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  • Overview
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7.1 Mustache

Mustache is a logic-less template.

  1. npm
  2. CSS, HTML
  1. Mustache and its implementations in various languages (we will explore the JavaScript implementation)
  2. Mustache manual
  3. Best practices when working with JavaScript templates
  4. HTML templates with Mustache JS
  5. Advantage of logic-less template

1 lesson, 04:44


2.Boilerplates and Scaffolding
4 lessons, 1:00:43

HTML5 Boilerplate

Twitter Bootstrap



3.Markup Abstraction
2 lessons, 28:06



4.CSS Abstraction
3 lessons, 47:51

Sass + Compass


Stylus + Nib

5.HTML and Javascript Abstraction
2 lessons, 20:37



6.Javascript Preprocessing
1 lesson, 13:22


2 lessons, 28:41



4 lessons, 44:14

Mobile Debugging

Local Web Servers


Chrome DevTools - Inspect + Debug

1 lesson, 01:25


7.1 Mustache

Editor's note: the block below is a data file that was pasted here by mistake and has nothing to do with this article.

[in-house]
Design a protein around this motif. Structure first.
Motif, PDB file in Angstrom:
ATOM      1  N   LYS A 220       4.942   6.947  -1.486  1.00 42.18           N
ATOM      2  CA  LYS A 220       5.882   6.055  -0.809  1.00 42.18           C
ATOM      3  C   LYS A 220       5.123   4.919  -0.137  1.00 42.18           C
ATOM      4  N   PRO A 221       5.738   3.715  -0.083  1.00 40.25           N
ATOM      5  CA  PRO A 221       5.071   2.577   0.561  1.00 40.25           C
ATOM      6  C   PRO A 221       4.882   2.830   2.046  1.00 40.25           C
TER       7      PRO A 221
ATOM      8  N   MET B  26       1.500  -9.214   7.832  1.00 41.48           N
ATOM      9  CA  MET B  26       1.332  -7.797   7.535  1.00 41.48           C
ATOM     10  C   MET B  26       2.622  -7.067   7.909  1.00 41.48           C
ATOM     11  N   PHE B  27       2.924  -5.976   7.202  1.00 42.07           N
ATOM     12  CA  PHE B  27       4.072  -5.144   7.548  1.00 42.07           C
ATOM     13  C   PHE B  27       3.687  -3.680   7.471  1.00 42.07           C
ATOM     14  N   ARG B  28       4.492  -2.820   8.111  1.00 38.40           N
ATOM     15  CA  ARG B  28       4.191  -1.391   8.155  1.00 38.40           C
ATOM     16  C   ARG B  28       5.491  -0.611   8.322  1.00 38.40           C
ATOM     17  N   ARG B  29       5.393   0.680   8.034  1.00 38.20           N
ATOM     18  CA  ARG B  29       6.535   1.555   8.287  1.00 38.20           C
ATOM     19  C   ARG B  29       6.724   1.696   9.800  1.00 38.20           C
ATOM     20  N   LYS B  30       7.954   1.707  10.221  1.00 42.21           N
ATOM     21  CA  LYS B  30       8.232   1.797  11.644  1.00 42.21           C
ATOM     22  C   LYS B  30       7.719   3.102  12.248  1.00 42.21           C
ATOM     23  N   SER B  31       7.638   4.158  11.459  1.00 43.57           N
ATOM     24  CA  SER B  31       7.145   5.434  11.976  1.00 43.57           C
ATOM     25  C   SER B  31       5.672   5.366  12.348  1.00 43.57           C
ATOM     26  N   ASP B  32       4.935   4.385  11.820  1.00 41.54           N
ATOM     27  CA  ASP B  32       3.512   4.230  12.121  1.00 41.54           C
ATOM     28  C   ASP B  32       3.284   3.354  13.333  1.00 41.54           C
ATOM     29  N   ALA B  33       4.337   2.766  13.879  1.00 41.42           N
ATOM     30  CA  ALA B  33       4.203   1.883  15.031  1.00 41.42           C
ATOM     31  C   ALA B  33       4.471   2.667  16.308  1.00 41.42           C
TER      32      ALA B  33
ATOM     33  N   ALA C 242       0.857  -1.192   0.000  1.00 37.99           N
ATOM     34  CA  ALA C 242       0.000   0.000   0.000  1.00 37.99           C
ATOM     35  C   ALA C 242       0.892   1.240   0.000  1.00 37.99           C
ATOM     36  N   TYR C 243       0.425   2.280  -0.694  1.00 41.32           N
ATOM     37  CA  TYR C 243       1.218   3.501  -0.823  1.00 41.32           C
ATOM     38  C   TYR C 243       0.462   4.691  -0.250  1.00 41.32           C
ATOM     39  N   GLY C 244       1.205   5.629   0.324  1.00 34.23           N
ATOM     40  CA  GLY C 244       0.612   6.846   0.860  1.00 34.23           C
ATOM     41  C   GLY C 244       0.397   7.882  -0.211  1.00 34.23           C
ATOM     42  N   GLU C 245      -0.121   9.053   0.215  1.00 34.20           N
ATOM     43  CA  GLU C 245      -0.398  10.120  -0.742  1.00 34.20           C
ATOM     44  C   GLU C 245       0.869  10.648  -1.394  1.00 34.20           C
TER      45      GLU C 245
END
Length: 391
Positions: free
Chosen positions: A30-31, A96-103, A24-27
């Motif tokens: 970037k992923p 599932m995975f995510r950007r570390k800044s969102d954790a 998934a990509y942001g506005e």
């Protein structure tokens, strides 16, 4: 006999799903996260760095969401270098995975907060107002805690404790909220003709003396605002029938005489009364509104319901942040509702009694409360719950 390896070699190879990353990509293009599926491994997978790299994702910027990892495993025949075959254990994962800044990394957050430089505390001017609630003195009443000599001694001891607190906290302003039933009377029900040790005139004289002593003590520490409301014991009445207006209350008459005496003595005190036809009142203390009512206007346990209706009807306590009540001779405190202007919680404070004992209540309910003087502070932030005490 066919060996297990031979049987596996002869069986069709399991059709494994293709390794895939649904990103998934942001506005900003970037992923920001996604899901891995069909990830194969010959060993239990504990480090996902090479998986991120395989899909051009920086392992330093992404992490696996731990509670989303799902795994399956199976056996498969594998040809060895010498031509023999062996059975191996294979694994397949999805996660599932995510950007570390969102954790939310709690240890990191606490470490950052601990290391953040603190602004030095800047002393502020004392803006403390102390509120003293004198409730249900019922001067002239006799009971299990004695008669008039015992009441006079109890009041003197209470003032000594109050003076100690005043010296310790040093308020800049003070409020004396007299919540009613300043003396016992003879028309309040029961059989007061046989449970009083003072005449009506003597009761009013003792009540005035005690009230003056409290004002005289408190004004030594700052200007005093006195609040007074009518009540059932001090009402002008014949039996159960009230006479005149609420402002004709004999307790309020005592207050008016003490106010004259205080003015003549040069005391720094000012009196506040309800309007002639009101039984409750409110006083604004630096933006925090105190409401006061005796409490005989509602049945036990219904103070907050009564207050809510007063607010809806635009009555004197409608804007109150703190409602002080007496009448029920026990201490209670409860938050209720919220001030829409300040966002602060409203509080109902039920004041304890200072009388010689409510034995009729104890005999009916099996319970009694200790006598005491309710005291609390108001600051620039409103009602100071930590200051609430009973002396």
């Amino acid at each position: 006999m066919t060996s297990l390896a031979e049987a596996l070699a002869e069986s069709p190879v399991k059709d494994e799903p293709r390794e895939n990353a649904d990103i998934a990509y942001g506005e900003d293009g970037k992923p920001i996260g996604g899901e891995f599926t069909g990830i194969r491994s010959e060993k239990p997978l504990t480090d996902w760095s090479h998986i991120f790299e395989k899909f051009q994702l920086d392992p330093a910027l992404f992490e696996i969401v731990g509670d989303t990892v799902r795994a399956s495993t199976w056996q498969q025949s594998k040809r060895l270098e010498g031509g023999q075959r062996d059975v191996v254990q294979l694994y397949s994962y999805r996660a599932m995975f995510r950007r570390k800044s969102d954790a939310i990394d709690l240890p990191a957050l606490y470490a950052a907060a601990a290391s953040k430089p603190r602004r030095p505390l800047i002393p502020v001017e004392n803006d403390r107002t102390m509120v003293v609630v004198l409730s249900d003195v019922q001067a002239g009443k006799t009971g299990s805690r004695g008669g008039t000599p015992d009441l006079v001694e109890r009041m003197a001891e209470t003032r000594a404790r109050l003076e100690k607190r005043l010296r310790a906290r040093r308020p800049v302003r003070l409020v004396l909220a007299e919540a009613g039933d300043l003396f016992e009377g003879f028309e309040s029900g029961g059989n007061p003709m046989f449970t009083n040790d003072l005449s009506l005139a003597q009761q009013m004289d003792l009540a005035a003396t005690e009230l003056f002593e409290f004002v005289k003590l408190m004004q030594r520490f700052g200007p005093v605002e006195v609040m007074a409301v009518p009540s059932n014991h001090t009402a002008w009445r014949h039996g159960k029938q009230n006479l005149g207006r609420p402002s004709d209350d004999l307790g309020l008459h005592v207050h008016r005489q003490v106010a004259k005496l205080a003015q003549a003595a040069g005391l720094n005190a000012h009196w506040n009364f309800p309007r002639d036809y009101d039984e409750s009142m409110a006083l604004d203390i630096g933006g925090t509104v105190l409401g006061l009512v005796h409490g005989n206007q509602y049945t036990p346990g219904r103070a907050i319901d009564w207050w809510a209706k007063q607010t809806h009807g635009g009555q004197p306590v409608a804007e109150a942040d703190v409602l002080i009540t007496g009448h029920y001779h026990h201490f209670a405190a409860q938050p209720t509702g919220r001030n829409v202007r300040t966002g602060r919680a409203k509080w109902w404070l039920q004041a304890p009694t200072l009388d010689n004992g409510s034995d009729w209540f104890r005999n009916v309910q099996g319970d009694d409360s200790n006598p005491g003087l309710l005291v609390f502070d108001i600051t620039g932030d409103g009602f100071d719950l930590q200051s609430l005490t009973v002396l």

For the next two videos, we will explore templates. And, in this video, we will start with the Mustache, which is a logic-less template. Now, Mustache implementation can be found in various languages such as Ruby, Python, PHP, some of the very common languages. And also, we will do JavaScript in this video, so that you can apply it in any browser environment for a web application. So do check out the GitHub page for the JavaScript implementation of Mustache and literally any other language that you wish to implement in. And, I would also like to point out this page called the Mustache Manual, which is basically a language agnostic way of telling us what are the features of mustache. Of course, the very common features are things like variables or sections, even how to display non-empty list. We will definitely explore many of these features. Now, as you notice, Mustache is known as logic-less. In fact, this is Mustache's big strength. Now, you might be wondering, what is the advantage of a logic-less template such as Mustache, anyway? Well, the thing is this, if you want to write a clean code in the sense that our logic resides in the server-side code or in any other file and our template resides in another file. In this case, Mustache is basically helping us to code it cleanly in a very segregated manner, so that we, kind of, separate our logic from the view. Here, I basically gave some sort of very basic structure to the html. And now, let me start with a div. And this div will be basically called languages. And this is where we will input our data. So inside our script tags, why don't we define our data? That's as simple as that, very simple data. Now, how do we put this value of data such as JavaScript and 1995, the year, in our div ID languages? Now, typically, as we know, we will use this library called jQuery. So, there we go, we have jQuery library, usually what we do is we will query the DOM, which is currently an ID of languages and .html. So, why don't we go ahead and just say And I've split the screen, so you will immediately see the changes here. And there you go. You see JavaScript. Now, this is really neat. But if you want something a little bit complicated, let's say in some paragraph tag, you wanna say, JavaScript was created in the year 1995, and then, you close out the paragraph tag. So, what you need to do, in this case, is basically, edit this part which is inside the function html. So, here, I have done exactly the same thing as I've described. So, here you have the paragraph tag, and basically, you're doing some string concatenation to put your data here. Now, very soon you will realize that this can get really, really messy. Because, you are firstly, kind of, mixing up, inserting data into the templating system. Can we do better? Firstly, I will start by including the Mustache library form CDNJS. And next, what I'll do is come back right here, and I will create a variable called Template. So var template equals 2. And here, I will include exactly the same thing, so inside paragraph tags. And all I need to do is delete away this entire thing and create a variable. Let's say called html. And this is where I will start using Mustache. So, all I need to say is Mustache.tu_html, which will basically take in the template, as well as the data. And finally, what I'll do is query the DOM, and say hey, in the ID called languages, which is a right here above. All I need to say is .html, and let's include the html variable that we created right before. Now obviously, here, you're saying that hey, hey, hey, this is not a variable like JavaScript and 1995 are static. Well, this where Mustache makes it very, very easy to include a very simple variable. Now, notice here, what I'll do is include just two simple curly brackets and call the variable. In this case, it is the key which is the name. I'll do exactly the same thing for 1995, included inside two curly braces, and call it the year. And that's it, it's as simple as including the name and the year inside curly braces, and there you go, we will see our data being displayed. Why don't we do a little inspect element so that we can see exactly where the data is being inserted, and there you go, as we expected, it is inside the div id languages. JavaScript was created in the year 1995. Great, but, I think we can do better. Here, we are still having the template inside our logic, or rather, our code where we are manipulating the data. Can we extract it out? Yes, we can do that. So, to do that, we will have to expand out the div languages. And inside here, we will add a script tag. And, let's give the script tag an ID of languages, and tpl for templet. And also, we need to give it a special type. Now, this is not a normal script. This is basically a template. And, this exactly we will include the DOM elements. So I'm gonna basically delete the entire paragraph here, cut it, and paste it here. Isn't it very neat? We, basically, now have all DOM elements here as well as the variable data which is nicely extracted. And, instead of having the template as an empty string, what we need to do is include the ID of the script to tag, like so, languagesTpl. And then, we need to call the html. Oops, I am obviously missing the hash sign here. And, there you go. JavaScript was created in the year 1995. Now, let's make it even more cleaner by creating a new file called script.js. And all I'll do is basically put in this entire part right from the data instead having an inline script, we'll basically put it into a separate file. Of course, here, we will include source equal to script.js. And, there you go, it's looking much neater now so, in our index.html, now we have div ID and inside here, we have inserted the template. And at the bottom, we are calling the Mustache library, the jQuery library, and finally, our project-specific file which is script.js. That has the data and insertion of the template and the html. Great, so now that we have explored a very simple property of how to include a very simple variable in terms of template with Mustache. Let's go ahead and explore this thing called escaped, or rather the unescaped HTML. Now, let's say you have an HTML tag here. So, the language will be embedded inside the HTML tag, strong, so do you see here, it will basically be included as strong but, obviously, this is not the effect you want. If you want to include unescaped HTML, all you need to do is instead of two curly braces, include three curly braces like this. And, there you go, your data with embedded HTML tags will be interpreted as HTML, and here you go, you will see a bold effect. Now, let's say you have a false value or a nonexistent value. Let's say, in our case, the value is called standardized and if the variable, standardized, exists, we will basically say, and standardized in 1997. Now, obviously for our case, the variable here does not exist. But how can we do that little check so that this sentence, or rather the part of the sentence, does not appear? For this case, we will come here and we will create a section, and this section will start with the variable called standardize. And it will end with the variable called standardized but it will include /standardized. And there you go, because the standardized variable does not exist, this part will not be executed at all. So, inside hash standardized and ending with slash standardized. Because it is false, it will not be rendered at all. But, let's say the variable, standardized, is true and it exists. So in this case, if we say true, yep, it will be displayed. That's because, once again, we are including it inside the section, standardized. And this part will be displayed. Now, let's create a list of objects, and let's see how to kind of iterate through it. So, I'm gonna simplify it a lot. And, inside data, let's start with an array called languages. And, inside the array, it will basically have objects. And, each of the objects will have a key value pair called name. And, another key value pair starting with year. Great, why don't we include a few more? So basically, we have an area of little objects, name and year, name and year. So, how we can, sort of, iterate through this. So now that our data is done, we will come back to index.html. I'll, basically, delete away the standardized section. And inside here, all we need to do is create a section called languages. As we have explored before, in order to create a section, we'll start with hash and then languages. And simply, we'll end with slash and then the section name, which in our case, is languages. And inside here, we will basically say name and then the year. But, of course, for this case, we do not need to include triple curly braces, and why don't we do away with the paragraph? And, instead of a paragraph, let's start with an unordered list. And, inside each section, we will basically embed the sentence inside a list item. And there you go. It will basically iterate through each of the objects, and you will have the data presented to you. Now, let's say your languages is completely empty, all right? So, I'm gonna delete it, so it's basically gonna be an empty array. And if you come back here, it will obviously be empty. But, what if you, kind of, want to do a check that if it is empty, let's display something? So, instead of just having a normal section here, which will display the data if there is a data, we will start with another section. But, this section will, basically, start with a carrot symbol, and then we will also call it languages. And, we will also end it with a /languages, and inside here, maybe we can say that hey, include some programming languages, and there you go. It basically says that hey, not only there are no programming languages, it sort of gives you some hint on what to do. So, as long as there are no empty list and you want some messages to be displayed, do include the carrot symbol to start an inverted section. Now, what if you want to include some comments instead the plain variable? So you can also start with the double curly braces but include an exclamation mark and then you can include your comments here. So, notice here, it will not be seen here. Great, so now, let's explore some nesting. So, let me insert some data inside to the array languages. And this time, the data will have nested values. For example, instead of just name and the year, some of these objects will also contain developer. And the developer inside will also have firstName and lastName. Now, notice here, some of the objects will only contain firstName. Some of the objects will not contain the developer at all. So, let me come back to index.html and remove away the inverted section. And, maybe here, we can say and the team included. Over here, we will use a dot notation. So, here, we can say developer.firstName. And then, space, developer.lastName. I had a slight mistake, it should be firstName and then .lastName, and there you go, and the team included first name, last name. And the team included just the first name. But, notice here, in Python, it did not have any developer, but I still included, and the team included, that part, which is, obviously, not the case. So, in this case, why don't we make a little check. If the developer object is defined, like for example, in terms of Python, it is not at all defined, then we should not have that. And, only if the section developer exists, in that case, include the part of the sentence, and the team included the developer firstName and lastName. Right, so, once again, you are doing a little check here, so, let's come back and there you go. The Python will neatly not include it and the team included that little section. But here's a little bit of dereferencing we can do. Now, because you have already done a little section on developer, we can do dereferencing, and basically, not to refer to any doc notation. So, we do not need to refer to the variable as developer., but just firstName and the lastName. This is neat, but obviously it will look exactly the same. Lastly, let's explore something called the partial. So, here, instead of saying firstName and lastName, I will include a partial and just call it, say, developer. And, how do we denote a partial? We just include a little bit of lesser than sign in front of the partial name. Now, let's go, go ahead to script.js and define the partial. So, after template, I'll go ahead and create a new variable and call it partials, and this variable will basically be an object called developer. And let's say inside the em's tag, we will go ahead and include the very familiar firstName and then lastName. Now inside the variable html which is passing in the template and the data, it can also pass in a third argument and in this case, will pass in partials. And there you go, the em tags have been embedded and it is neatly abstracted away in terms of a partial. So that's it, a little bit about logic-less templates, do go ahead and check this tutorial by Andrew Burguss on the Best Practices When Working With JavaScript Templates. And also, another blog post by Christophe, where he kinds of explains the various features of HTML Templates with Mustache.js. So, next time you need a clean templating system where you do not have to go through the string concatenation. And you can neatly abstract it away from our logic, as well as data, do consider using Mustache, a logic-less template.